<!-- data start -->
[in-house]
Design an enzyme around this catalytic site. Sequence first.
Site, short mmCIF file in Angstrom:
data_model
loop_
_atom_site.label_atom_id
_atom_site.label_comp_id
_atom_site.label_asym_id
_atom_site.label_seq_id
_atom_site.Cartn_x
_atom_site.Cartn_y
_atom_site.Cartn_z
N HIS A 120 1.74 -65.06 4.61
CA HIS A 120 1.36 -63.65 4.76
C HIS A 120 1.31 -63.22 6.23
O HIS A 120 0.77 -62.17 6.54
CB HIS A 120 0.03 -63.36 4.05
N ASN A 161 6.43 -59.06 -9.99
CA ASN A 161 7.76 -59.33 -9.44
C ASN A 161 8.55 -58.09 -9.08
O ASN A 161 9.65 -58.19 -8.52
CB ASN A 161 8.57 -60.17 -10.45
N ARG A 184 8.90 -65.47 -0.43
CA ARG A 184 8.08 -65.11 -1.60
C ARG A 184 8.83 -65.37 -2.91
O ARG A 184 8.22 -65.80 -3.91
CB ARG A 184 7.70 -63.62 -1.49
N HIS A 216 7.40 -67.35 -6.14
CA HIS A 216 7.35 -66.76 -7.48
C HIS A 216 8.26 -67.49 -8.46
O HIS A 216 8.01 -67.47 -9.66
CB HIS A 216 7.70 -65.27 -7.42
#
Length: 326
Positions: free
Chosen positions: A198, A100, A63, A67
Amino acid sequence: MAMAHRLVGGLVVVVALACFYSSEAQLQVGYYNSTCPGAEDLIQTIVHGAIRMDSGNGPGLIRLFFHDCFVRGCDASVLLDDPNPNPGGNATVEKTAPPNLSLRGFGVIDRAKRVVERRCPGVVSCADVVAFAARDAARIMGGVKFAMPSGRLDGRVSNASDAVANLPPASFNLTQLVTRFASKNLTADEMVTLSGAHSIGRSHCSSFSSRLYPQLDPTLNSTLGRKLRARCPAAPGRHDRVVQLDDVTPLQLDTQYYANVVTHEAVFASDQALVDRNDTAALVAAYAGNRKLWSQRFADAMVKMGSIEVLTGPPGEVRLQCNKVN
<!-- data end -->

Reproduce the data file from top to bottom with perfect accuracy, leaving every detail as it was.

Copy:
[in-house]
Design an enzyme around this catalytic site. Sequence first.
Site, short mmCIF file in Angstrom:
data_model
loop_
_atom_site.label_atom_id
_atom_site.label_comp_id
_atom_site.label_asym_id
_atom_site.label_seq_id
_atom_site.Cartn_x
_atom_site.Cartn_y
_atom_site.Cartn_z
N HIS A 120 1.74 -65.06 4.61
CA HIS A 120 1.36 -63.65 4.76
C HIS A 120 1.31 -63.22 6.23
O HIS A 120 0.77 -62.17 6.54
CB HIS A 120 0.03 -63.36 4.05
N ASN A 161 6.43 -59.06 -9.99
CA ASN A 161 7.76 -59.33 -9.44
C ASN A 161 8.55 -58.09 -9.08
O ASN A 161 9.65 -58.19 -8.52
CB ASN A 161 8.57 -60.17 -10.45
N ARG A 184 8.90 -65.47 -0.43
CA ARG A 184 8.08 -65.11 -1.60
C ARG A 184 8.83 -65.37 -2.91
O ARG A 184 8.22 -65.80 -3.91
CB ARG A 184 7.70 -63.62 -1.49
N HIS A 216 7.40 -67.35 -6.14
CA HIS A 216 7.35 -66.76 -7.48
C HIS A 216 8.26 -67.49 -8.46
O HIS A 216 8.01 -67.47 -9.66
CB HIS A 216 7.70 -65.27 -7.42
#
Length: 326
Positions: free
Chosen positions: A198, A100, A63, A67
Amino acid sequence: MAMAHRLVGGLVVVVALACFYSSEAQLQVGYYNSTCPGAEDLIQTIVHGAIRMDSGNGPGLIRLFFHDCFVRGCDASVLLDDPNPNPGGNATVEKTAPPNLSLRGFGVIDRAKRVVERRCPGVVSCADVVAFAARDAARIMGGVKFAMPSGRLDGRVSNASDAVANLPPASFNLTQLVTRFASKNLTADEMVTLSGAHSIGRSHCSSFSSRLYPQLDPTLNSTLGRKLRARCPAAPGRHDRVVQLDDVTPLQLDTQYYANVVTHEAVFASDQALVDRNDTAALVAAYAGNRKLWSQRFADAMVKMGSIEVLTGPPGEVRLQCNKVN